"A few days ago, after the latest in a seemingly never ending
string of problems that interrupted connectivity between two of our
data centers, coworker #1 said something like "why can't we have a
network that just works?!" The exasperation in his voice is
something we all felt to some degree or another. Moments later
coworker #2 piped up and said "if our network was perfect, the
software you write wouldn't be nearly as robust."
"There's a lot of truth to that. I find myself writing software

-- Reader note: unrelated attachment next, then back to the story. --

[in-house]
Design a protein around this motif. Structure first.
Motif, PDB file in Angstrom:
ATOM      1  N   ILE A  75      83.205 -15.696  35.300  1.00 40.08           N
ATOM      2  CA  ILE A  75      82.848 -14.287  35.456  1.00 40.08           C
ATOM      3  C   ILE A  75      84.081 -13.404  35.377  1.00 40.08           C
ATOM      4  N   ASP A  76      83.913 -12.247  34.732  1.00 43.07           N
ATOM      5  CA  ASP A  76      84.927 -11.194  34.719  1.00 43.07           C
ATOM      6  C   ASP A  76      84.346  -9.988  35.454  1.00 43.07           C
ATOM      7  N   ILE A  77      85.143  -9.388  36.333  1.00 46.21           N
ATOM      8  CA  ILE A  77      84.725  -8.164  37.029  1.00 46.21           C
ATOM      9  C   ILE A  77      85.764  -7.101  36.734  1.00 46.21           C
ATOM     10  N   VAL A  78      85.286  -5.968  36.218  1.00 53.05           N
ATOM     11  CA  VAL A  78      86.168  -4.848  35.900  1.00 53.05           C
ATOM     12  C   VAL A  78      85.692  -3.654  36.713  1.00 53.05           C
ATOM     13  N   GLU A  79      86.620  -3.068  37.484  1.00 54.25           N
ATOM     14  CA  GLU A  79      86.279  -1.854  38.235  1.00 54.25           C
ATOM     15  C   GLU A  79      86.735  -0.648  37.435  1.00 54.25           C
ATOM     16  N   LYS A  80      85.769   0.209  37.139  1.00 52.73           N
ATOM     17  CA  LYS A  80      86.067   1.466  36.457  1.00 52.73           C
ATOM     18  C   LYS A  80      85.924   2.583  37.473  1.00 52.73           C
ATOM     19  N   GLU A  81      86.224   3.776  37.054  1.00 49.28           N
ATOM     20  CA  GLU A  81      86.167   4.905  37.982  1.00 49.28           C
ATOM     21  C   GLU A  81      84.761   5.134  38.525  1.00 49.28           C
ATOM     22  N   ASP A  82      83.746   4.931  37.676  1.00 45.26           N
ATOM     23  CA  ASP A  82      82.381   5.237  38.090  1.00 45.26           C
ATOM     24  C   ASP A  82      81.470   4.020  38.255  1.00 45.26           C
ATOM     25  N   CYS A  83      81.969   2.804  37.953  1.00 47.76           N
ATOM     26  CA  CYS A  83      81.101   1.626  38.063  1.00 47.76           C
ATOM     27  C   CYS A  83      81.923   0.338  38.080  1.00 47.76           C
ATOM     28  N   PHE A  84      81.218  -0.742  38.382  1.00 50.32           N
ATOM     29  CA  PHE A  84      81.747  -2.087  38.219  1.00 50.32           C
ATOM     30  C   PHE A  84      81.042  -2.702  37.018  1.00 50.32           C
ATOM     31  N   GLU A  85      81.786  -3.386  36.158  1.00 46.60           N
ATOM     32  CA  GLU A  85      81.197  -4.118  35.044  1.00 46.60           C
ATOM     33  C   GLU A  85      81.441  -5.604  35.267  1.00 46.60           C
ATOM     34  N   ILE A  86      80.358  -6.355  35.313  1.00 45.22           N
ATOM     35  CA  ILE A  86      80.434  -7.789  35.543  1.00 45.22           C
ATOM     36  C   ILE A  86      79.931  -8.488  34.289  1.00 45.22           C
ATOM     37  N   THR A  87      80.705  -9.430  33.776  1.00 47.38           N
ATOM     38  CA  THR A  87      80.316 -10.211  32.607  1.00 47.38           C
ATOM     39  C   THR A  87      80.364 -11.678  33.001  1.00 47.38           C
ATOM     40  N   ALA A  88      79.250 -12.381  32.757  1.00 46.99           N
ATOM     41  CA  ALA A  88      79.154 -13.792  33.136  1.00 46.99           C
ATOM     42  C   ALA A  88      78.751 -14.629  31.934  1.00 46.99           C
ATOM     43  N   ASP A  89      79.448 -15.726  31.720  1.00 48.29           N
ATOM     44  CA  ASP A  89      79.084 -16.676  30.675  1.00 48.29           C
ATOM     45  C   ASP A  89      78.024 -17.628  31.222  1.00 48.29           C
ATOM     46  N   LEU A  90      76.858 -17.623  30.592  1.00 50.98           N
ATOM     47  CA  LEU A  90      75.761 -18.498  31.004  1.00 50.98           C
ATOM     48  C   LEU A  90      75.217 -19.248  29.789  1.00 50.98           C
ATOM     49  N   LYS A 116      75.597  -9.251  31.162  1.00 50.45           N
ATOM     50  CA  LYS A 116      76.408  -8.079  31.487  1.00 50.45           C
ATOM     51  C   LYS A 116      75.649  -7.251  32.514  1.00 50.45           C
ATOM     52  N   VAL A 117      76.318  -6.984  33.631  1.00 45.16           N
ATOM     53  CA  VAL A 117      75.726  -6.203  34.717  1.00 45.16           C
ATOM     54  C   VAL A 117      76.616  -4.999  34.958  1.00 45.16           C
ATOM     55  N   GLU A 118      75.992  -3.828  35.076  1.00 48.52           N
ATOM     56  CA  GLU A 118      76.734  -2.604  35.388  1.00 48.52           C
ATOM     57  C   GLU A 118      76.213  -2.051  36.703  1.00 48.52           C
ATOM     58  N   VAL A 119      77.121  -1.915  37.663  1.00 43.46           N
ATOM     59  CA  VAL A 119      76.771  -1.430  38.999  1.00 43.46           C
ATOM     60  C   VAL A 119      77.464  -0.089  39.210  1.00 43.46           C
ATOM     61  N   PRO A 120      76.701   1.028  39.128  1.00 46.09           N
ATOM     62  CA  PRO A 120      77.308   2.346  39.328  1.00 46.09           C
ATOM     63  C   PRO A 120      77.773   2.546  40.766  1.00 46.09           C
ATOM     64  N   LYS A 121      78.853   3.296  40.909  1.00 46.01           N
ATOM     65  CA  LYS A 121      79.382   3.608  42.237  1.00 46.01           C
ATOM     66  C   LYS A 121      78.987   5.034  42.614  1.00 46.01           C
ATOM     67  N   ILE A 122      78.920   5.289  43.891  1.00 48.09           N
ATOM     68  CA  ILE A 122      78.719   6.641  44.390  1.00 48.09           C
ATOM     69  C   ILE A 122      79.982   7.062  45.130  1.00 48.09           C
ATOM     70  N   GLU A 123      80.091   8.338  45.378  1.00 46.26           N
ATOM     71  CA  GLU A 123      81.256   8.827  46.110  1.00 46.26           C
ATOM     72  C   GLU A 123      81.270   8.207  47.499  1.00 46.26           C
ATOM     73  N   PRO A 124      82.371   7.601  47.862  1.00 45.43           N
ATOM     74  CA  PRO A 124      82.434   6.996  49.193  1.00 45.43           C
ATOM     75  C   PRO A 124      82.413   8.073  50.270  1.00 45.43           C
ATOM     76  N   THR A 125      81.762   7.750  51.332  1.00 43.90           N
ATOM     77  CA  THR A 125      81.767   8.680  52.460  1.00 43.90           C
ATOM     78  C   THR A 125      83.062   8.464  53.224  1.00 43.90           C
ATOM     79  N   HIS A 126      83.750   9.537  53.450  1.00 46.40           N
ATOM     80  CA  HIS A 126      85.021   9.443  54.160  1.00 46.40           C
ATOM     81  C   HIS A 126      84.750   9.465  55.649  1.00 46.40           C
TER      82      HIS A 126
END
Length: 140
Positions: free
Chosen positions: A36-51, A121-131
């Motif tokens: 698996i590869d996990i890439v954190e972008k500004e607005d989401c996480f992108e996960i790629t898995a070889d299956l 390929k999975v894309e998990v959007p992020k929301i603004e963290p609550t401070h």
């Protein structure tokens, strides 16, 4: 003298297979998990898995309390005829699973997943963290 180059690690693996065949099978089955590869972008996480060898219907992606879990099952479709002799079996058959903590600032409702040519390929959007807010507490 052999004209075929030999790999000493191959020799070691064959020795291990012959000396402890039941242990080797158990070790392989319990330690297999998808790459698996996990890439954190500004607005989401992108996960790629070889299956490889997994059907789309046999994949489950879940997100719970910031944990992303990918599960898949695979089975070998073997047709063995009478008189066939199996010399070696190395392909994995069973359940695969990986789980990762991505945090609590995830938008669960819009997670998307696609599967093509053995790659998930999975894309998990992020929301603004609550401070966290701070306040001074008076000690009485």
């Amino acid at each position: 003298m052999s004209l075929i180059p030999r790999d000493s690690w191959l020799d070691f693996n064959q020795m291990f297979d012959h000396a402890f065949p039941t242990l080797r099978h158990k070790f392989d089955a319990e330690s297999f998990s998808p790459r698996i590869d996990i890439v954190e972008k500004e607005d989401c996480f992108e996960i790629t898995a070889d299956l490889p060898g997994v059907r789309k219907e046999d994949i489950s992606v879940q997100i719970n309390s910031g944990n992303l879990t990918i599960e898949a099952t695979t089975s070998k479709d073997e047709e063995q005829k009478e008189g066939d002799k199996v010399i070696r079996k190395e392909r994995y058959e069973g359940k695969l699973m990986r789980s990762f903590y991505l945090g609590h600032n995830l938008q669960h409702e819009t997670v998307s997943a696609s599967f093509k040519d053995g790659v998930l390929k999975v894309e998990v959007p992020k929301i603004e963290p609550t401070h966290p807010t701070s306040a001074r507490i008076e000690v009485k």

a bit differently now than I did seven or eight years ago, even
though I was working on high-traffic web sites then and still am
now. The single biggest difference is that I try to expect
everything to fail. Everything.
"I never really thought about this as a design philosophy or how
it affects the way I approach things, but that comment last week
made me realize it was something worth talking about. The more I've
thought about it, there are seven distinct issues I find myself
dealing with over and over when it comes to embracing failure:
redundancy, locality, caching, timeouts, logging, and
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